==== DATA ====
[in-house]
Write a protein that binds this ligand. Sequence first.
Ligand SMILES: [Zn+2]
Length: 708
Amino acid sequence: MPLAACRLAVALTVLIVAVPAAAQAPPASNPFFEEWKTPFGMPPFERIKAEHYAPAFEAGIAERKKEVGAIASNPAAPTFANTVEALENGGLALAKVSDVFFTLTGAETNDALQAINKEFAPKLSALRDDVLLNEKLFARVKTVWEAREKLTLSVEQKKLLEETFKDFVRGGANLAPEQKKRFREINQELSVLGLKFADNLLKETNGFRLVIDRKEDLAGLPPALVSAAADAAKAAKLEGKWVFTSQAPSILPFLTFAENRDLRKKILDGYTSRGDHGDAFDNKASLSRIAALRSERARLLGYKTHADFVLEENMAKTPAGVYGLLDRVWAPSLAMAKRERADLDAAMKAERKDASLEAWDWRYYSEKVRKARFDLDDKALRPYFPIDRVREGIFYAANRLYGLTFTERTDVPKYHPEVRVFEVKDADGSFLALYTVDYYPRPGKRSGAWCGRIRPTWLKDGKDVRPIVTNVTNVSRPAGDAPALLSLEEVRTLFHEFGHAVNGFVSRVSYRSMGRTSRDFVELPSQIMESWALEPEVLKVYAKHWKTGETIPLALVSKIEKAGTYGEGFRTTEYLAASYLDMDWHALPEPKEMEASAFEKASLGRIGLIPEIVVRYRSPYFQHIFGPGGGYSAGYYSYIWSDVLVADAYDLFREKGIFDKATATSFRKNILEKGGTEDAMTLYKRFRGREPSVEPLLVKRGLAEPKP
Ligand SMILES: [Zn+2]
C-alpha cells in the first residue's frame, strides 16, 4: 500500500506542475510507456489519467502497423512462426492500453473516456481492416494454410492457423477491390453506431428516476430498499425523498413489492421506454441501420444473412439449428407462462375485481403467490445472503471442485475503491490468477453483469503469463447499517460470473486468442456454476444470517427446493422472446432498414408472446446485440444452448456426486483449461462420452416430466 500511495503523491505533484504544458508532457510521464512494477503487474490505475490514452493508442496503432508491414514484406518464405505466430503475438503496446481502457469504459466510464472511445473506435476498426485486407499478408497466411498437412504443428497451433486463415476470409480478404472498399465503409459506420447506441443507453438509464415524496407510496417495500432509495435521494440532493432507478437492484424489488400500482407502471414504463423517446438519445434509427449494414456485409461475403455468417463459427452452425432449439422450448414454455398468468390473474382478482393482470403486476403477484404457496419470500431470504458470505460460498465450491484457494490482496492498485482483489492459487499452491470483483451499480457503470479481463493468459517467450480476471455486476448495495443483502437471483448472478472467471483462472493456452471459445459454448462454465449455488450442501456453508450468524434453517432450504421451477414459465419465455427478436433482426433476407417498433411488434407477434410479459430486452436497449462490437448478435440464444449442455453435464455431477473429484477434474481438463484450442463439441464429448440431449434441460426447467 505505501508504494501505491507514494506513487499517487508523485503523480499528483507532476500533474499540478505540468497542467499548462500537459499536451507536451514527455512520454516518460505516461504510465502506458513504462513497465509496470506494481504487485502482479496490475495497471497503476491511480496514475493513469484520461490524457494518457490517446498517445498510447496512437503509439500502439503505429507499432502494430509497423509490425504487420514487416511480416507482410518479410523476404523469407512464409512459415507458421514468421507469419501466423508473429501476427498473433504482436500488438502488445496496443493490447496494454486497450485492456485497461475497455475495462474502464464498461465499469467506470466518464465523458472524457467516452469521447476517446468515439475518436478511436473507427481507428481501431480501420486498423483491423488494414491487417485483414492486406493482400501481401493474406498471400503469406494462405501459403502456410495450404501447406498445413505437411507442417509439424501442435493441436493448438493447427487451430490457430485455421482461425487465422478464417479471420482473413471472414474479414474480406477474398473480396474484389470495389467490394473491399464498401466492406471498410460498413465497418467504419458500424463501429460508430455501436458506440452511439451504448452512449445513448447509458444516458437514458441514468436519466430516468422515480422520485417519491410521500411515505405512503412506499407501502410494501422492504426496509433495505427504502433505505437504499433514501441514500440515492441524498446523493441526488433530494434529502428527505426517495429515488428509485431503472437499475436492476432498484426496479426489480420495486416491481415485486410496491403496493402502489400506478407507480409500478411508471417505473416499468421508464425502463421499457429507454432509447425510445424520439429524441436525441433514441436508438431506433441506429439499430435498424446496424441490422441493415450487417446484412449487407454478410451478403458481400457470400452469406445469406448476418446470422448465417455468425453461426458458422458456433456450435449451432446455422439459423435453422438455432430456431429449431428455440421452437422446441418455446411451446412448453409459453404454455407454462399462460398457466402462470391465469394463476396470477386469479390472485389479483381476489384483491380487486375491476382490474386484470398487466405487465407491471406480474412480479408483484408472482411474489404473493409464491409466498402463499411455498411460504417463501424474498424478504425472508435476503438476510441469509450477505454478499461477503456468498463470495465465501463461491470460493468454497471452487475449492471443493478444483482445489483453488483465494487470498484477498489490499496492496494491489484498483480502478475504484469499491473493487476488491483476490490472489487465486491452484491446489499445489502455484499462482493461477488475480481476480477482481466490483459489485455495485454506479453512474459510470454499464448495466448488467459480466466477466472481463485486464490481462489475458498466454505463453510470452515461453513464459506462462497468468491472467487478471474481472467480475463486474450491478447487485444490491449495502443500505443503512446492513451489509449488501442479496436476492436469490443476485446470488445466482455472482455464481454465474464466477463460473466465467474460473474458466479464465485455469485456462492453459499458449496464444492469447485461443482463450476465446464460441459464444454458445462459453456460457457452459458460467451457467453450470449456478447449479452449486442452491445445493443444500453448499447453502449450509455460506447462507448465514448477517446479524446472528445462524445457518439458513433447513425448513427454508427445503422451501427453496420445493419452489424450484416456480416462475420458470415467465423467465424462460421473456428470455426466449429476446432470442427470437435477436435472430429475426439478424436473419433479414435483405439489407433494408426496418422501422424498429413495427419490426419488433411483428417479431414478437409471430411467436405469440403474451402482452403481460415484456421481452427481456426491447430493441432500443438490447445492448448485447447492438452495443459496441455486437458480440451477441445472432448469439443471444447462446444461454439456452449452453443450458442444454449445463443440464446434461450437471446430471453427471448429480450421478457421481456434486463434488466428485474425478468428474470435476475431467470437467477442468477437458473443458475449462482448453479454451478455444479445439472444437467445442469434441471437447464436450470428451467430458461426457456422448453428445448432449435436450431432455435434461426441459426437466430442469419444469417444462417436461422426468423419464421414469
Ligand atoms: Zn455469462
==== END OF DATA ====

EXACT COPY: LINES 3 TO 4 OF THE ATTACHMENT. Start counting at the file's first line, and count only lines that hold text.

Ligand SMILES: [Zn+2]
Length: 708